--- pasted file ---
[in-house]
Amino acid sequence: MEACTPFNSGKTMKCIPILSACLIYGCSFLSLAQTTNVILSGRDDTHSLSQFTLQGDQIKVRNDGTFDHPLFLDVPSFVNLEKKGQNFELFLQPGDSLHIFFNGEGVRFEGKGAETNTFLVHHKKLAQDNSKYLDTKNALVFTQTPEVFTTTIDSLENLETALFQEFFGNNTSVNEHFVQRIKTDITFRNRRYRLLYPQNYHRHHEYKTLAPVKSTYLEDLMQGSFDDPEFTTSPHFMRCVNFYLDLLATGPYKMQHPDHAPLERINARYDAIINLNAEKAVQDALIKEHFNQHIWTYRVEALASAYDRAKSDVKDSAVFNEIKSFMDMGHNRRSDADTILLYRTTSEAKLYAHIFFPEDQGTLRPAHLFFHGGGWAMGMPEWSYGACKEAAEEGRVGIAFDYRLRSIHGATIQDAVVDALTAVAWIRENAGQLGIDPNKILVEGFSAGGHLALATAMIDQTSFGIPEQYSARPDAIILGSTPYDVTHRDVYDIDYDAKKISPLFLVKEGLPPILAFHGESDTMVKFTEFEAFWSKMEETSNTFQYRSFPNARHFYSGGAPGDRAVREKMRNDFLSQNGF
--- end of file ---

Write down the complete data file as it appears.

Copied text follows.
[in-house]
Amino acid sequence: MEACTPFNSGKTMKCIPILSACLIYGCSFLSLAQTTNVILSGRDDTHSLSQFTLQGDQIKVRNDGTFDHPLFLDVPSFVNLEKKGQNFELFLQPGDSLHIFFNGEGVRFEGKGAETNTFLVHHKKLAQDNSKYLDTKNALVFTQTPEVFTTTIDSLENLETALFQEFFGNNTSVNEHFVQRIKTDITFRNRRYRLLYPQNYHRHHEYKTLAPVKSTYLEDLMQGSFDDPEFTTSPHFMRCVNFYLDLLATGPYKMQHPDHAPLERINARYDAIINLNAEKAVQDALIKEHFNQHIWTYRVEALASAYDRAKSDVKDSAVFNEIKSFMDMGHNRRSDADTILLYRTTSEAKLYAHIFFPEDQGTLRPAHLFFHGGGWAMGMPEWSYGACKEAAEEGRVGIAFDYRLRSIHGATIQDAVVDALTAVAWIRENAGQLGIDPNKILVEGFSAGGHLALATAMIDQTSFGIPEQYSARPDAIILGSTPYDVTHRDVYDIDYDAKKISPLFLVKEGLPPILAFHGESDTMVKFTEFEAFWSKMEETSNTFQYRSFPNARHFYSGGAPGDRAVREKMRNDFLSQNGF